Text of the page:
The strategic question in British politics is: can the “open” half of the population make a convincing offer to the “closed” half of the population, which settles enough of their discontent about the outcome of the Brexit negotiations? Can enough of them be reasoned with, so that the angry brigade of racist agitators are left ranting isolated in the corner of the local pub and the rest of us reach a consensus about the kind of society we want to live in? I am not convinced the answer is yes. If so, politics will enter a phase of fragmentation. Here’s how it might look. May’s deal gets voted down; the zombie government survives, but sterling plummets; the stock market falls and the housing market freezes over, as it did in 2008. May tweaks the deal, tries a second time to get it through the Commons – but then fails, and she falls.
After that we are in uncharted territory. A revived Ukip and a reorganised Conservative right will clamour for the “No Deal Brexit” they have dreamed of; but parliament, the civil service and the Bank of England will combine to stymie that – and thus, most likely at the final hour, Europe will extend the Article 50 deadline, while a new Tory leader tries to piece together the political coalition to agree a softer deal. Britain will have its very own version of the “stab in the back” myth. The fabric of democracy will have been torn.
To avoid this scenario, we need the opposition parties to show leadership and vision. Calls for a general election are valid: May had one job – to do a Brexit deal and get it through the Commons. The Fixed-term Parliaments Act was nullified easily enough for the snap election in 2017: in such a crisis it is likely to happen again. But if there is an election, it will be unlike anything we have witnessed since the “who governs Britain?” crisis of 1974.
A general election has to answer the question: what kind of Britain do we want, and where is it going to sit amid the turmoil in the world? There is, once you take into account Plaid Cymru, the SNP, the non-unionist parties in Northern Ireland plus the Greens and Liberal Democrats, a clear institutional majority for a progressive answer. Britain should be either in the EU with its current opt-outs, or as close to the EU as Switzerland and Norway. It should be an open, globalist, tolerant country, offering high welfare and social justice to all who live here.
That millions of people actively want it to be the opposite is the central problem of our time, and cannot be solved by throwing them scraps of racist rhetoric, or the kind of neo-colonialist bluster that Boris Johnson specialises in.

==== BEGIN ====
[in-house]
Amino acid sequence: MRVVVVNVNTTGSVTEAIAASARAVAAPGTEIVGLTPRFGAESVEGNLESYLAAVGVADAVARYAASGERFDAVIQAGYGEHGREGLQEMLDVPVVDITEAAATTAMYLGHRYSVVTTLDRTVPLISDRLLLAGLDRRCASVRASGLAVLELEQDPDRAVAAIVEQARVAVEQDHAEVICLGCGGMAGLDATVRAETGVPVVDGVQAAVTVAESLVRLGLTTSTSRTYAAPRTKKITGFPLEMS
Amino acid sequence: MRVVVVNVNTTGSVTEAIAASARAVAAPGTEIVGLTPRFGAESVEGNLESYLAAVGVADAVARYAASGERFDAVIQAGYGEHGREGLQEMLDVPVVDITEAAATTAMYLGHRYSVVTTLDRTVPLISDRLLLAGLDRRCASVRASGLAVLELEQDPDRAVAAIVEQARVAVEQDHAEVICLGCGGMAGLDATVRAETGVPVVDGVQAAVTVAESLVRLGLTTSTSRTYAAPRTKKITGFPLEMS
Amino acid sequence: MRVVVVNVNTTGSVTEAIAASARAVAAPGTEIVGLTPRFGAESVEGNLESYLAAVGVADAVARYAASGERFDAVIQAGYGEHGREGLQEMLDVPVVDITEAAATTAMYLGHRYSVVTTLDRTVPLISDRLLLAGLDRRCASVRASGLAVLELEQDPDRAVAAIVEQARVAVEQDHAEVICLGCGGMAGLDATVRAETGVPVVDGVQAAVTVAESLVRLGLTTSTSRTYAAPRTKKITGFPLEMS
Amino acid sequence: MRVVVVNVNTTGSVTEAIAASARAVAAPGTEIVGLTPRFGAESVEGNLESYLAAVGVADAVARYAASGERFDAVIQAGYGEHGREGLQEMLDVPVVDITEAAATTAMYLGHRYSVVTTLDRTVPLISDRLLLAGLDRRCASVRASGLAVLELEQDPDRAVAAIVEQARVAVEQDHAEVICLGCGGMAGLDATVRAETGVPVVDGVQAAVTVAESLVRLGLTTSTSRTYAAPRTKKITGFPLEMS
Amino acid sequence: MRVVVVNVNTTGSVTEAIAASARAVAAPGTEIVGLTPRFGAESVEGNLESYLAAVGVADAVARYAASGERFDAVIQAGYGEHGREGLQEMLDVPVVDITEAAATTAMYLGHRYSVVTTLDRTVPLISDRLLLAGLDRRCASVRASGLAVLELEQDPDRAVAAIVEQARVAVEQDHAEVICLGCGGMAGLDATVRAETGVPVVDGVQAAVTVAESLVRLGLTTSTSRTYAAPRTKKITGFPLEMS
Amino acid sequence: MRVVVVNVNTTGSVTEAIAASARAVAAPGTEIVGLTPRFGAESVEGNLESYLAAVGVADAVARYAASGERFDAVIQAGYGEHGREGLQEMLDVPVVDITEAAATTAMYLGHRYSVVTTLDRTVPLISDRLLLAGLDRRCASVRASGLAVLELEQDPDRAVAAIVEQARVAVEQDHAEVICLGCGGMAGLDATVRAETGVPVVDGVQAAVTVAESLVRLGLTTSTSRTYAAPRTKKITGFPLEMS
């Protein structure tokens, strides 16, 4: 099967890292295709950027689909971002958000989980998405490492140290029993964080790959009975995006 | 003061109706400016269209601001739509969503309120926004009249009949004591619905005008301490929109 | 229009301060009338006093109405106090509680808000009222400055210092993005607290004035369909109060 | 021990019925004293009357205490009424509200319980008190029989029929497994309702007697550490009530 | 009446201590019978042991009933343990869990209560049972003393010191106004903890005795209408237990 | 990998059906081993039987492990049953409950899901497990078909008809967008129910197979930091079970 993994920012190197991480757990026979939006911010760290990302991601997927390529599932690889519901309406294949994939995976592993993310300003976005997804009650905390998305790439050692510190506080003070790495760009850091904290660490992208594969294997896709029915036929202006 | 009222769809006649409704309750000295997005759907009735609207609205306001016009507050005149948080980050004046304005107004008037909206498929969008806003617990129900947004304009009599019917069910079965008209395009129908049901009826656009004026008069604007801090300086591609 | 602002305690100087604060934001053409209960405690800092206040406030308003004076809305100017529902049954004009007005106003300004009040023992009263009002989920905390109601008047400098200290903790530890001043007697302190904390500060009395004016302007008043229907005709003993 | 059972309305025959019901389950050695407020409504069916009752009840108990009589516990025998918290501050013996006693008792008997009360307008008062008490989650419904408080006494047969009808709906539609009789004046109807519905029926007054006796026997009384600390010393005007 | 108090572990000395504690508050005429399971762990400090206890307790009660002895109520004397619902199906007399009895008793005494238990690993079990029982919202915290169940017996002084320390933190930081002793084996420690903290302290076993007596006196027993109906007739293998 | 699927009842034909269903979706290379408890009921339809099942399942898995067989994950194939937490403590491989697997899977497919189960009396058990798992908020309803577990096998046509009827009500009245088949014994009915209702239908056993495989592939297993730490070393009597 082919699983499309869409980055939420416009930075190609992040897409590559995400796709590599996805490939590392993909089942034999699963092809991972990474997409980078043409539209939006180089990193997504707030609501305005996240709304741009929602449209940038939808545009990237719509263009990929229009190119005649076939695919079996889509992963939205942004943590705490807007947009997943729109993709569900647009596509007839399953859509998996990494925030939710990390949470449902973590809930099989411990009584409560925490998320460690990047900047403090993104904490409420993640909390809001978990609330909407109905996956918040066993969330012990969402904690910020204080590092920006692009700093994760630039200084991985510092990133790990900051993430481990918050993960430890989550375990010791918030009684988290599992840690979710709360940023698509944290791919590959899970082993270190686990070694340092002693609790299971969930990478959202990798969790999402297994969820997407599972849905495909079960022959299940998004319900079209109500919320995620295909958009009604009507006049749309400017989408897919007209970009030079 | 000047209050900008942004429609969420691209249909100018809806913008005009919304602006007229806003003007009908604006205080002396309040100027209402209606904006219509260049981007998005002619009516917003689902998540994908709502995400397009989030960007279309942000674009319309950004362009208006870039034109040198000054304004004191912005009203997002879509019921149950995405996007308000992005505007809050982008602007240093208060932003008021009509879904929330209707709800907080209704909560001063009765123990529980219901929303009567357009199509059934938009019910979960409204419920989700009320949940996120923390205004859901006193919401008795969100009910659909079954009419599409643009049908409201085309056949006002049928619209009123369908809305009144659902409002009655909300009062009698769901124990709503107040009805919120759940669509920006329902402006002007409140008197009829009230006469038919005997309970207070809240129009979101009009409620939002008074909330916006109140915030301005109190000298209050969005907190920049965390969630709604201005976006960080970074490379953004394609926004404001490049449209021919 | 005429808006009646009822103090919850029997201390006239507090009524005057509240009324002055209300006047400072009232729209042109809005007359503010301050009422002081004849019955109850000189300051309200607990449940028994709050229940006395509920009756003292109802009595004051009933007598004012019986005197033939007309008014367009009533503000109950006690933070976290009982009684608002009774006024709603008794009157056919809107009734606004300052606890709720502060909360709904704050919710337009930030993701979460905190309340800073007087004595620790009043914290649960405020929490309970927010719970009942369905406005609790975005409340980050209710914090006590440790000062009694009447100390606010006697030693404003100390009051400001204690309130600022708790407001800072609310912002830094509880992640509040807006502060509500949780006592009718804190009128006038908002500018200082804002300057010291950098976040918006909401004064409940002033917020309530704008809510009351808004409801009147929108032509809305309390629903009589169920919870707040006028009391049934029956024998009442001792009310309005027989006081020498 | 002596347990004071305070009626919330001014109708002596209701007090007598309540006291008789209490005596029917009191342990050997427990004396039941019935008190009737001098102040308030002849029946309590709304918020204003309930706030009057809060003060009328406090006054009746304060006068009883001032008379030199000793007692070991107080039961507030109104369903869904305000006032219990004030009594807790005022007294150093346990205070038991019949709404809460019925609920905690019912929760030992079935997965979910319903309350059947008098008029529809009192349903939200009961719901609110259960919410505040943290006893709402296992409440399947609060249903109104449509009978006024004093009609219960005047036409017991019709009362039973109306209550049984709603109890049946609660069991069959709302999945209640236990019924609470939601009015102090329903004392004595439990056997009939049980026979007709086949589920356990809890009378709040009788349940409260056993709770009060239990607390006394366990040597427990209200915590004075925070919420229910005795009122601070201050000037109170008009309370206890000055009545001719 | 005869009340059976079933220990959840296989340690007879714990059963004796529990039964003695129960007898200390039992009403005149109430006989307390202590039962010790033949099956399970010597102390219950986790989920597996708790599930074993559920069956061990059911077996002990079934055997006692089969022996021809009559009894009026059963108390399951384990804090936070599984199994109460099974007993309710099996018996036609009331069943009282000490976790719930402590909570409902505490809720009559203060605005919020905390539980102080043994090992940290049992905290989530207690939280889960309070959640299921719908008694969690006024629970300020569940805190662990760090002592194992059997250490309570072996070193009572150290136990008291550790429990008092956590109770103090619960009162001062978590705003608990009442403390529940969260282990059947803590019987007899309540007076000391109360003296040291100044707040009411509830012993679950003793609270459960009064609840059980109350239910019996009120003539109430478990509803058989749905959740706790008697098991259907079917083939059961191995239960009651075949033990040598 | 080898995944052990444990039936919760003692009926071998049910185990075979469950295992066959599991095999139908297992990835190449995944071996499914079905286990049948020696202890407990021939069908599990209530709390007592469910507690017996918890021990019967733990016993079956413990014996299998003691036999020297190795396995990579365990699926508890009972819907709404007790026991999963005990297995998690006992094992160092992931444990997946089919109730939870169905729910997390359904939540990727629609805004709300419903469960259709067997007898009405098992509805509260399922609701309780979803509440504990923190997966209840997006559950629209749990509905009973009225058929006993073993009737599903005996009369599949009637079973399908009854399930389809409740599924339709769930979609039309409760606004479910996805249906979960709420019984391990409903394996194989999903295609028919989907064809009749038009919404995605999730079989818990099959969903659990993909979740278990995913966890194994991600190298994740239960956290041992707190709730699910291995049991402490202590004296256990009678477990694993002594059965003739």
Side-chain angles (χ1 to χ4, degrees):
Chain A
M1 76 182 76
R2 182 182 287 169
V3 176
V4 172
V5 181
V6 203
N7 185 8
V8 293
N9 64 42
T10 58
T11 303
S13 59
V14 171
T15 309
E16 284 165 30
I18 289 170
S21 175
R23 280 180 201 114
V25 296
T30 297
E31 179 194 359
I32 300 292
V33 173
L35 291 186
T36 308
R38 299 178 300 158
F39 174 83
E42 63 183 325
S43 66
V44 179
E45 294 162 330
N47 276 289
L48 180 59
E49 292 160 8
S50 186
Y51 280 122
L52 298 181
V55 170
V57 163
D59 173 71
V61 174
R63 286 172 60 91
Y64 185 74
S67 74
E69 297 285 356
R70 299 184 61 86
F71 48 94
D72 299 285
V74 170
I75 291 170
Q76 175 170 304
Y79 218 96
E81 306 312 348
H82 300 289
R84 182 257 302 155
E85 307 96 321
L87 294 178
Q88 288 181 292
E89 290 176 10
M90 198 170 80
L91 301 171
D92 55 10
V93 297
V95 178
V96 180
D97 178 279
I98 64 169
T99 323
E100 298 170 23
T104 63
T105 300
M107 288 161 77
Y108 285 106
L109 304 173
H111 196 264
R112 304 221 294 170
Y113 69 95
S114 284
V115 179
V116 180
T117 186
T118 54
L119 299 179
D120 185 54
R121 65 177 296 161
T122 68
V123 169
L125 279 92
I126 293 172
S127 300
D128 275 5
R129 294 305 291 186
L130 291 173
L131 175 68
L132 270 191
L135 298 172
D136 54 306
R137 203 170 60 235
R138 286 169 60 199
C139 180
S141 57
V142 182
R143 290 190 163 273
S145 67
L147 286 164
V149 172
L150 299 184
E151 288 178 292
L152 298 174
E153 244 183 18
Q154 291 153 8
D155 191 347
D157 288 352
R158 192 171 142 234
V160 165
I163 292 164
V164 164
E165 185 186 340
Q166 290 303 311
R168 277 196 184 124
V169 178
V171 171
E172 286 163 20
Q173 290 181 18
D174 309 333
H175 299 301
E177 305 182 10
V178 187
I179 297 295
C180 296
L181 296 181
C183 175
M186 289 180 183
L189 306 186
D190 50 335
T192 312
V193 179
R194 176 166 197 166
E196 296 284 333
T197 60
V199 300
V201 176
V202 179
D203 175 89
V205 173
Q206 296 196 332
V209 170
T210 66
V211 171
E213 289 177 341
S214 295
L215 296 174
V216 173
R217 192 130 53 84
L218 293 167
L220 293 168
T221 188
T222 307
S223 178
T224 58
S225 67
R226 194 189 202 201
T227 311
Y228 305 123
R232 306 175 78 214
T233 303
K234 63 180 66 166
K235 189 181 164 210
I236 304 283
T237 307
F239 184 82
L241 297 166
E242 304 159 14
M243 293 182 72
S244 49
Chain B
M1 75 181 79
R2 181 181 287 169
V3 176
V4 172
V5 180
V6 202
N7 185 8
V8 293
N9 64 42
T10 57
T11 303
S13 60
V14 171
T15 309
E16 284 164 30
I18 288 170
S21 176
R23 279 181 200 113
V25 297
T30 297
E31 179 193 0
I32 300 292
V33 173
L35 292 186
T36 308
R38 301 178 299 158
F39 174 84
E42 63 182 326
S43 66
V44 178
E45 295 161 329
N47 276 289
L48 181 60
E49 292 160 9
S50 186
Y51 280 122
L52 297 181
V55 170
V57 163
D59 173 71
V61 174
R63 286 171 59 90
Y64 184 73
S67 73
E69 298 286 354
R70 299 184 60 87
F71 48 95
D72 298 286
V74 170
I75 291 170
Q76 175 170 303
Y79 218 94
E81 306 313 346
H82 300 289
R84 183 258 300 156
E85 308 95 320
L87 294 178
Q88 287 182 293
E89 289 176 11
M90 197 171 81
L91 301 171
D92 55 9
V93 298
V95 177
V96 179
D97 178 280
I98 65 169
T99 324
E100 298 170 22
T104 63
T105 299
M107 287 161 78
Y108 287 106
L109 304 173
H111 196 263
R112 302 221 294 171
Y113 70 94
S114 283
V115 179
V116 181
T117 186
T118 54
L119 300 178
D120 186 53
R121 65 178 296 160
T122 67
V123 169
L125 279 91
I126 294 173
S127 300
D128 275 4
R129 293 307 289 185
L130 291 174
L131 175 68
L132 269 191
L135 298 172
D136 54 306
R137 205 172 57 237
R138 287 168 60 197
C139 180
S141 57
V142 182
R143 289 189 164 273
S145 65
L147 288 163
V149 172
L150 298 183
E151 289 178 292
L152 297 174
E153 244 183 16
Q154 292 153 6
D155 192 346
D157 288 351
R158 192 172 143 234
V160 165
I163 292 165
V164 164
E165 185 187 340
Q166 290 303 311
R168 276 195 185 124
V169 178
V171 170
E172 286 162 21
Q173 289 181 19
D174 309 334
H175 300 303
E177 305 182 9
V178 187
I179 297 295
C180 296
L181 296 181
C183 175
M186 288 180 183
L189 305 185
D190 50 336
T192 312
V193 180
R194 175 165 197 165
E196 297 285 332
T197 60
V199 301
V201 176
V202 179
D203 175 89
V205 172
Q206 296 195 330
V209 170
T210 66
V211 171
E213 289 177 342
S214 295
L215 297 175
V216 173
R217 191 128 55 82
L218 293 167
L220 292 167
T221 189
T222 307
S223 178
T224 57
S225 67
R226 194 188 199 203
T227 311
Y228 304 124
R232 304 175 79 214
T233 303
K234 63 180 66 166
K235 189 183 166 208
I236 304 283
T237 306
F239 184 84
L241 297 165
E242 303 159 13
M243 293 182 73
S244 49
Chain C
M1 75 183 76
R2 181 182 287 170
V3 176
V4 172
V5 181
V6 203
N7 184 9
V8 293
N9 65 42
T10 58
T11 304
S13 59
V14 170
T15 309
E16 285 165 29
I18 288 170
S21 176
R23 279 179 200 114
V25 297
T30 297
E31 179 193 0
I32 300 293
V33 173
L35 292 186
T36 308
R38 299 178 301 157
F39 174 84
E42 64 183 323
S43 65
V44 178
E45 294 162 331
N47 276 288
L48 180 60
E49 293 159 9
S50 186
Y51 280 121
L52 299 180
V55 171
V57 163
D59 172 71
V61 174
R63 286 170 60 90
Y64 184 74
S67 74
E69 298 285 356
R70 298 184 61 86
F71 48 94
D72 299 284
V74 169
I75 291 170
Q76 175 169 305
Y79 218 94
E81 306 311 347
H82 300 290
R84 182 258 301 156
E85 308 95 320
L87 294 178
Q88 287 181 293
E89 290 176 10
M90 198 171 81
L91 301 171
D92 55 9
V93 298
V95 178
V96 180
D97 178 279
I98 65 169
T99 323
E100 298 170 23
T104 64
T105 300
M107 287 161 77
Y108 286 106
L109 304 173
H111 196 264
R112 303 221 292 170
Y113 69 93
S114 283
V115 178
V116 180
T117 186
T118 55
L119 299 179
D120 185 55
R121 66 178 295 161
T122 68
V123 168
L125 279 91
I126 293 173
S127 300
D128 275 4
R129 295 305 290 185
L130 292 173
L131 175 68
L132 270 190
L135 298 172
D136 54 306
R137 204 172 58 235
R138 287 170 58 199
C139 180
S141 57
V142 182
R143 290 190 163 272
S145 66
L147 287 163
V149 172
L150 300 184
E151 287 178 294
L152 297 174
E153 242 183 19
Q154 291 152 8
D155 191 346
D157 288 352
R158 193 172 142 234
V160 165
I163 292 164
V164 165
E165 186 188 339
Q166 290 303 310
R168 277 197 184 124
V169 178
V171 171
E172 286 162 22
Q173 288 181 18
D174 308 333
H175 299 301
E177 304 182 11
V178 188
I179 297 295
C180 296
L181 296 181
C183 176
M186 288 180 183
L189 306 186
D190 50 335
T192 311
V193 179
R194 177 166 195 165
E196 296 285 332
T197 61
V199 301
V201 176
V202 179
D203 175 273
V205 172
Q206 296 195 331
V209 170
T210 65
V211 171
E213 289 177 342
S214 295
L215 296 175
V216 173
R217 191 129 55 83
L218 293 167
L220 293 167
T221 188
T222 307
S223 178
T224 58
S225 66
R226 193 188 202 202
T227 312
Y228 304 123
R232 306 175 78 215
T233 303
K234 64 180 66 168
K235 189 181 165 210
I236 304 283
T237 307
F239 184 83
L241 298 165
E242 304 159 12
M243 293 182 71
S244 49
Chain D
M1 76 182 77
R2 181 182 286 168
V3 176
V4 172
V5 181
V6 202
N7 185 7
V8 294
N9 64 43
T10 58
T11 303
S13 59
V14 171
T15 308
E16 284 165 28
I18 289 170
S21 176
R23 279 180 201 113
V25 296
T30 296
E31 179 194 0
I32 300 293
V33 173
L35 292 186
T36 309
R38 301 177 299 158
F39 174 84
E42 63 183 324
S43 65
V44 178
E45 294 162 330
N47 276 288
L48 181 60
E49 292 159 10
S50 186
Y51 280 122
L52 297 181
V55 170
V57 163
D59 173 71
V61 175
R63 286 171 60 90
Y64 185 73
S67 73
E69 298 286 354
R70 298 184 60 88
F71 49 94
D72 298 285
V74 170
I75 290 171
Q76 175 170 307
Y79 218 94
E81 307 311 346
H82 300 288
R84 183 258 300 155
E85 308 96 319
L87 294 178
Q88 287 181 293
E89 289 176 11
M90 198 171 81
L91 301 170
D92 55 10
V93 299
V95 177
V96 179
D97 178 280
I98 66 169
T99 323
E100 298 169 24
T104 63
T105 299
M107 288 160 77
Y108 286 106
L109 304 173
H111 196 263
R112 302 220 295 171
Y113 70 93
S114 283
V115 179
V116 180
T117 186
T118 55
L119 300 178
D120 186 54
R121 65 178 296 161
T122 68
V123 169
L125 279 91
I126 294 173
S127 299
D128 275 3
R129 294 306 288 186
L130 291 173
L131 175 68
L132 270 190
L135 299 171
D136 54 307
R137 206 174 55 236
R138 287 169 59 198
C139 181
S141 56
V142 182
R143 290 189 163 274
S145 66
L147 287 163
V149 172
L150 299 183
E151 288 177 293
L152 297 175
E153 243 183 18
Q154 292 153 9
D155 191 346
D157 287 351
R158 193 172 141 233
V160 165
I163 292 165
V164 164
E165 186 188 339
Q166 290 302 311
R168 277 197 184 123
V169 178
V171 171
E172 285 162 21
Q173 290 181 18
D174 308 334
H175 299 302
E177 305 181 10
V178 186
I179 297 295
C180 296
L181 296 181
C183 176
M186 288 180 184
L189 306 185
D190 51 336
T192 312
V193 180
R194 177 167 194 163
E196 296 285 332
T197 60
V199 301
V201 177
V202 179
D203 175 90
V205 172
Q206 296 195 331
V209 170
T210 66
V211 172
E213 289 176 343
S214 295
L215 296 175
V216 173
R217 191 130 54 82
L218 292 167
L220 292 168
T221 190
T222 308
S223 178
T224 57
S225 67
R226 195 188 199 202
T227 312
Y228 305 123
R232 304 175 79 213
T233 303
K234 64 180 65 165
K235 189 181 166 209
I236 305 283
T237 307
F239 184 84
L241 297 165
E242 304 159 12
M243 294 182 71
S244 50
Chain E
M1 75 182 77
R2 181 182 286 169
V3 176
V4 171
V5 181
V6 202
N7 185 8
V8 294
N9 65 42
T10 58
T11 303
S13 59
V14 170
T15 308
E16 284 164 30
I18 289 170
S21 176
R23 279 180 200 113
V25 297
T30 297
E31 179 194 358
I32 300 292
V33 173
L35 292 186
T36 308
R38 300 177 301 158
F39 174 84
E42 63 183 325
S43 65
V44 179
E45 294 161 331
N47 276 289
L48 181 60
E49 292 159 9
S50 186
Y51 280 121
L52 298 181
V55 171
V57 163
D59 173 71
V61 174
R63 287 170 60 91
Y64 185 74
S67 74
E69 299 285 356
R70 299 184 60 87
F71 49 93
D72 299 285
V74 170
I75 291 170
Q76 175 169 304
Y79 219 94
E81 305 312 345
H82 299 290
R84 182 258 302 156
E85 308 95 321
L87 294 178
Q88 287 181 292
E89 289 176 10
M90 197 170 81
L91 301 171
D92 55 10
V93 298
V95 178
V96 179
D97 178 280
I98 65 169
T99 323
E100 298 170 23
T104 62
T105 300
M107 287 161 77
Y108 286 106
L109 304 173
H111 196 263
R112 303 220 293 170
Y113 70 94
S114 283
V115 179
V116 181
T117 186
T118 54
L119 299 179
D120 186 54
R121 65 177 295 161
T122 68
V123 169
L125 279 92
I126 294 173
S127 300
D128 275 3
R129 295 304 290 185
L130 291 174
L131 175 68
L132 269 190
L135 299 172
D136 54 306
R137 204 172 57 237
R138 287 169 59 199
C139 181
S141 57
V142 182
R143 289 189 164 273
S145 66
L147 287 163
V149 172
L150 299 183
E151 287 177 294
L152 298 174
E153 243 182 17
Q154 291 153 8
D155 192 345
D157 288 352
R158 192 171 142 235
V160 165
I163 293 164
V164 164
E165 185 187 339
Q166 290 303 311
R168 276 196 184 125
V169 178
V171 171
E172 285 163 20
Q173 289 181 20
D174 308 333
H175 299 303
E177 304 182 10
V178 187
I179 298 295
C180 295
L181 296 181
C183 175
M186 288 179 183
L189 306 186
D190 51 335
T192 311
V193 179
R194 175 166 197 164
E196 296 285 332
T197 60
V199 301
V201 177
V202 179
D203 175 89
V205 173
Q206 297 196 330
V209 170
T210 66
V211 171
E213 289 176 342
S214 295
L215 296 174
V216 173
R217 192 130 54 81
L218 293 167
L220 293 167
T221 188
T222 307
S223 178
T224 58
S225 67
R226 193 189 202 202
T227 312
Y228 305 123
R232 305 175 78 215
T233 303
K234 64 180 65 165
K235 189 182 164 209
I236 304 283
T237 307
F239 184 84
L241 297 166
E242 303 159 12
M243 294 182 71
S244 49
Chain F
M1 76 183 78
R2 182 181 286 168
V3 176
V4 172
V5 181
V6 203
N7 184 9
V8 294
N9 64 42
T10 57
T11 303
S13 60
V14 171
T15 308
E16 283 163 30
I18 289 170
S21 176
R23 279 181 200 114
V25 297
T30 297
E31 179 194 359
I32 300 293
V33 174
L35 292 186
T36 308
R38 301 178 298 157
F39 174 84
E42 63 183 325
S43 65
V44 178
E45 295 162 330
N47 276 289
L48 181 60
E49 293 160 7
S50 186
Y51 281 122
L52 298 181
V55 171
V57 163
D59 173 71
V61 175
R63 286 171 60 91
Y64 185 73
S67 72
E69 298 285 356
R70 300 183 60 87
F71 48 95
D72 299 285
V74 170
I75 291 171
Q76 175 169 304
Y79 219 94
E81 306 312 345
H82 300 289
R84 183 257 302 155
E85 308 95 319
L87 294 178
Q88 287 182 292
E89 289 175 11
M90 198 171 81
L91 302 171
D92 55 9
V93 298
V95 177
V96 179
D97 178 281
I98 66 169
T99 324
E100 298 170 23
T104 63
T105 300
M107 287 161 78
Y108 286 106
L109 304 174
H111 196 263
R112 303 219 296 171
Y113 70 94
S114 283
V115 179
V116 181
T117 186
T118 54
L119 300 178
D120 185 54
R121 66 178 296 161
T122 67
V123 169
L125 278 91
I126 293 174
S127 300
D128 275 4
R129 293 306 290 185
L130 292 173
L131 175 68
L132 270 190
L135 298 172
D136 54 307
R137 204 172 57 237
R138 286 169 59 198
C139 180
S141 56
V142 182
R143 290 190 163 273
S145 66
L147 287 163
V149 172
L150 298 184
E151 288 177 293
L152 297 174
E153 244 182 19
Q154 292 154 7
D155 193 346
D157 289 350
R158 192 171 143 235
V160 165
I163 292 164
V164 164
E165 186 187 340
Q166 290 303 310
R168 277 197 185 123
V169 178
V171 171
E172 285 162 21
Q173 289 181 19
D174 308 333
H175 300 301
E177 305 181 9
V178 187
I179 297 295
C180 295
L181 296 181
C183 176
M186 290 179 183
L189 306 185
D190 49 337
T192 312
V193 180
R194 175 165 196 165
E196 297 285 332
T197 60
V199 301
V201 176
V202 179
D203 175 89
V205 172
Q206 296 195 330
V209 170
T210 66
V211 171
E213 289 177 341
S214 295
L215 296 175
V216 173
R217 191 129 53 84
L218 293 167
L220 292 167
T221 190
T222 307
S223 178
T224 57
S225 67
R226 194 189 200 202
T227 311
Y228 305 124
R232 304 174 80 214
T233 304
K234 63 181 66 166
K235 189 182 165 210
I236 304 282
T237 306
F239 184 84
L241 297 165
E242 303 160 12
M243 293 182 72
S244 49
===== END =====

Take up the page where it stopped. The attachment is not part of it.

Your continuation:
The xenophobic nationalists have to learn by experience that the future is not to be feared. It is true that, as much academic research shows, the rise of authoritarian nationalist sentiment is driven by cultural dislocation, not economics. But it does not follow that economic measures will be ineffective in combating far-right discontent.
I want, in any general election called, a Labour majority in parliament. But Labour is being squeezed in Scotland by the twin issues of Brexit and independence – so even if it achieves a breakthrough in the many Leave-voting English towns, from Walsall to Middlesborough (and with the Tory right and the tabloids stoking xenophobia, it may not), it could fail to win the kind of majority needed to end this crisis with a decisive act.
That’s why all roads – even an election, a renegotiation and an extension of the Article 50 deadline – lead to a second referendum.
Yet be under no illusion: that second referendum will not be about the deal itself. It will be about migration, Islam, paedophile grooming gangs and rancid, delusionary nationalism – fuelled by the money of American multimillionaires and the ingenuity of Russian military intelligence. If we’re really unlucky, the option of No Deal will get on to the ballot paper, allowing the far right to advocate the death-ride of British imperialism, live into people’s living rooms via the BBC.
The road to a second referendum has to be prepared with a clear offer, designed to secure more than 60 per cent – on a high turnout – for the eventual outcome. For that, Labour, the Greens and the progressive nationalists have to begin, now, a public discussion about a one-time coalition government, even if Labour were to secure a majority. (Nicola Sturgeon recently indicated her desire for a “coalition of opposition” with Corbyn over the draft Brexit deal.) It would need to deliver a huge fiscal and monetary stimulus targeted into the heartlands of poverty and decay. It would have to feel like the Marshall Plan on steroids: an immediate and tangible injection of growth and optimism. But it would have to win back people’s consent for immigration by controlling it.
What would necessitate a compromise that has been staring them in the face since 2016: a Norway-style deal (which would mean being a member of the single market) with a request for a temporary emergency brake on freedom of movement. The aim would be to create space for the radical restructuring of Britain’s labour market, ending precarious work, removing the incentives for exploitative use of migrant labour, and boosting the wage share of GDP.
The route to such a government is also hiding in plain sight: a non-aggression pact at constituency level between Labour, the Greens and the progressive nationalist parties, however unlikely this may seem in Scotland. There is a precedent for it. In the two years before the Second World War, Stafford Cripps and Nye Bevan advocated the formation of a Popular Front – an electoral alliance of Labour, the Communists, Liberals and anti-appeasement Tories – to defeat Neville Chamberlain’s National Government. The effort got them temporarily expelled from the Labour Party – but bore fruit in May 1940 when Churchill came to power. I don’t expect this proposal to be widely welcomed, but I know I’m not the only one thinking about it.
The right in British politics already have their own electoral alliance: for example Andrea Jenkyns, the Tory MP for Morley and Outwood who led the calls for May’s resignation, was put in Westminster by the votes of nearly 8,000 former Ukip supporters (including 3,500 who had voted BNP in 2010), after Ukip stood aside in 2017, as it did in tens of Tory target seats. Faced with a repeat of that, the progressive half of politics needs to go into the coming turmoil with, at the very least, the goodwill to hold talks on collaboration.
The prize would be the strategic defeat of Conservatism and its likely fragmentation, plus the revival of Britain’s economy. The alternative is perpetual culture war and national decline. Those are the stakes.
Paul Mason is an NS contributing writer
This article appears in the 21 Nov 2018 issue of the New Statesman, The real Brexit crisis